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The Way We Were

The first day of school. It is a bourgeois, middle-class ritual. New clothes. New backpacks. A new start on a new year. And, of course, photographs; lots and lots of photographs, usually taken by parents and grandparents trained to recognize a Kodak moment when they see one—snapshots that celebrate the normative and gradual transformation of childhood to adulthood, marking it for future use and consumption with the tinge of nostalgia. “This,” the photograph says, “this is the way we were.” My family photo albums are filled with such images. And I cherish them, even though I know the many crises and unhappy moments that they help to repress and erase from memory and family history.

Capturing the first day of school is also a photojournalistic ritual, especially in local newspapers that regularly mark and celebrate the various cycles of the calendar: fall harvest, winter holidays with families meeting in reunion and engaging in spiritual observances, spring break renewal and the planting of new crops, summer fun on the beach, and on an on. And, of course, in an analogy with the photographs in our family photo albums, they frame and feature the habits of sociality and collective living that we want to observe and remember. The picture below appeared in a Washington Post slide show titled “Starting a New School Year” and consisting of eighteen photographs of elementary school children returning to school in the Washington D.C. area.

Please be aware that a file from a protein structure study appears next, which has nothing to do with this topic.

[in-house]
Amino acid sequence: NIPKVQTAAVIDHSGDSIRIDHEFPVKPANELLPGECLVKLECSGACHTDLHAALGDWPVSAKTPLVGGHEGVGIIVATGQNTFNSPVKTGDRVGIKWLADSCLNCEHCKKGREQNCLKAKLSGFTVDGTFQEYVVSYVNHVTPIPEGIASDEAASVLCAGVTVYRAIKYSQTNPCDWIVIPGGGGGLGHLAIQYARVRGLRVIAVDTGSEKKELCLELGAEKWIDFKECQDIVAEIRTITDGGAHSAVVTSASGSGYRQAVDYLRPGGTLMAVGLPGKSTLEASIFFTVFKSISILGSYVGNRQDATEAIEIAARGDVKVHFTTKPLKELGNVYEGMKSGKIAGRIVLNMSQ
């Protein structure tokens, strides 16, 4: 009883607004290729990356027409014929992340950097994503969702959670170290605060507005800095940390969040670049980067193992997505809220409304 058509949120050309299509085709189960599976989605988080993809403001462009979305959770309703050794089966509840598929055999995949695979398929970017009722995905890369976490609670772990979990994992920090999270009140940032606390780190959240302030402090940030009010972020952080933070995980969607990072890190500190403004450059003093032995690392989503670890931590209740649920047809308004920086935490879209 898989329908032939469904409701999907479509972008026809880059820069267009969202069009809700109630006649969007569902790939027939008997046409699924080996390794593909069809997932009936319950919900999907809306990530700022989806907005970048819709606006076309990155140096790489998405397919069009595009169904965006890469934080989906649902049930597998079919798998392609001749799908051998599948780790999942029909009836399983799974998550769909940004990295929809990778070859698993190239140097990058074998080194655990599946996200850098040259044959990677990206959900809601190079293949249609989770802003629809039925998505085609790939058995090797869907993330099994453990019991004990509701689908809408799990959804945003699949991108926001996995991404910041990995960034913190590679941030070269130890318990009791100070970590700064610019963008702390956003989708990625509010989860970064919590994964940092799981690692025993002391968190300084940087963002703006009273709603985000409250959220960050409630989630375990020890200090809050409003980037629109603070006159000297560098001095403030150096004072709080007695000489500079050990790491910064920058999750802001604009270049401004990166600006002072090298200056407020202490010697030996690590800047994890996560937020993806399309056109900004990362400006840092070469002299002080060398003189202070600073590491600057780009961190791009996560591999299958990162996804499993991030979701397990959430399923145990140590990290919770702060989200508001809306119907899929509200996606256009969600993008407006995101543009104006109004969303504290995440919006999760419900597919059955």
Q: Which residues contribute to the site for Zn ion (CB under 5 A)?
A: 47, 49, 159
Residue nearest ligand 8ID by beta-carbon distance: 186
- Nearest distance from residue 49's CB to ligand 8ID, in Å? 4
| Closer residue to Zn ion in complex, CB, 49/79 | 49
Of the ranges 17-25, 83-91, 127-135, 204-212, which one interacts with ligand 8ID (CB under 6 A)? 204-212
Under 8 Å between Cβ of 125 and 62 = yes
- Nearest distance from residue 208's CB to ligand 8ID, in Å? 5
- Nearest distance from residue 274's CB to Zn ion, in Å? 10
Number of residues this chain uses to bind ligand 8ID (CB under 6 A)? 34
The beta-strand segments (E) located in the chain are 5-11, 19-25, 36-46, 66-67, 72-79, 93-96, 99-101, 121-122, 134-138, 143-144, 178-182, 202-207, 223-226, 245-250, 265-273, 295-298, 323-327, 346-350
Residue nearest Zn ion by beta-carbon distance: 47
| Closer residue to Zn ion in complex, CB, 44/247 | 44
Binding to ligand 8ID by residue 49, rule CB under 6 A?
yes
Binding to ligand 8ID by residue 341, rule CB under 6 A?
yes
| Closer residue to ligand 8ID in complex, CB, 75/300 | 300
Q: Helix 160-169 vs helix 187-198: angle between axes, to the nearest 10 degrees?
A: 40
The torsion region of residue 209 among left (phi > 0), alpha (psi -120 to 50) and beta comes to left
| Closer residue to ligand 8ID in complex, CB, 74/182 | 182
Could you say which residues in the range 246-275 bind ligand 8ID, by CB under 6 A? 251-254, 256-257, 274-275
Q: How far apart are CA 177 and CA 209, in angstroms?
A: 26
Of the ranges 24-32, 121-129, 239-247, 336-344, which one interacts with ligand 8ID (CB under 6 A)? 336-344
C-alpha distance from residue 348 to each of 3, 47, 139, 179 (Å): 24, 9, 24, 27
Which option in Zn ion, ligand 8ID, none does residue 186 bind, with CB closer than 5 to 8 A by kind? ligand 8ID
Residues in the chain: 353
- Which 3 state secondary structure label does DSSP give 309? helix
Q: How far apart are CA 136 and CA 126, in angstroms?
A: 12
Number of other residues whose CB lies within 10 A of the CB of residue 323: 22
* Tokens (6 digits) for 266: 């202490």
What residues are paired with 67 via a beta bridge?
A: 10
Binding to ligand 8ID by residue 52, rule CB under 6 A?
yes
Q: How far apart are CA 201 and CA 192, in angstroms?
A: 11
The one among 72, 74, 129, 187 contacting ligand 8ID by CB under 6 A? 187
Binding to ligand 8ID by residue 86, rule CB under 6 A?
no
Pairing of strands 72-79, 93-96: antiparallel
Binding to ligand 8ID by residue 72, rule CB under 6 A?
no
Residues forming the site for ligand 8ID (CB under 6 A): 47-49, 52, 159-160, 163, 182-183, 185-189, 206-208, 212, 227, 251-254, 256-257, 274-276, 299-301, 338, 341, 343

Post.Back to School1

The photograph is in many respects typical of the other pictures in the slide show and of similar images one might find at many other newspapers. According to the caption they are a group of children “march[ing] to class” in a new school in suburban Maryland. Clean and orderly, they have learned early to walk in line at a common pace and to maintain their distance from one another (“no touching” is one of the rules we learn in kindergarten), and yet they are not automatons as each displays a somewhat unique personality in dress, attitude, and gesture. They are different and yet unified, obedient but not rigidly or obsessively so, and thus they evidence the habits of communal living a liberal democracy might want to inculcate among its citizens. And, of course, they are all African Americans being educated in a brand new school.

What caught my attention in the picture was the second girl from the left, dressed in a white blouse and taking what seems to be a playfully long stride, nipping at the heels of the boy in front of her. Where had I seen this image before? It took a few moments to register, but eventually I realized that it was vaguely reminiscent of Norman Rockwell’s “The Problem We All Live With.”

Rockwell, The Problem We All Live With

This painting first appeared in Look magazine in January 1964 but it depicts a scene from four years earlier when six year old Ruby Bridges was escorted by U.S. Federal Marshals to William Frantz Elementary School in New Orleans following a court order to integrate the schools in accord with the mandate of Brown v Bd. of Education (1954). White parents removed their children from the school and only one teacher—Barbara Henry—was willing to instruct Ruby. And for much of the next year Ruby was a class of one.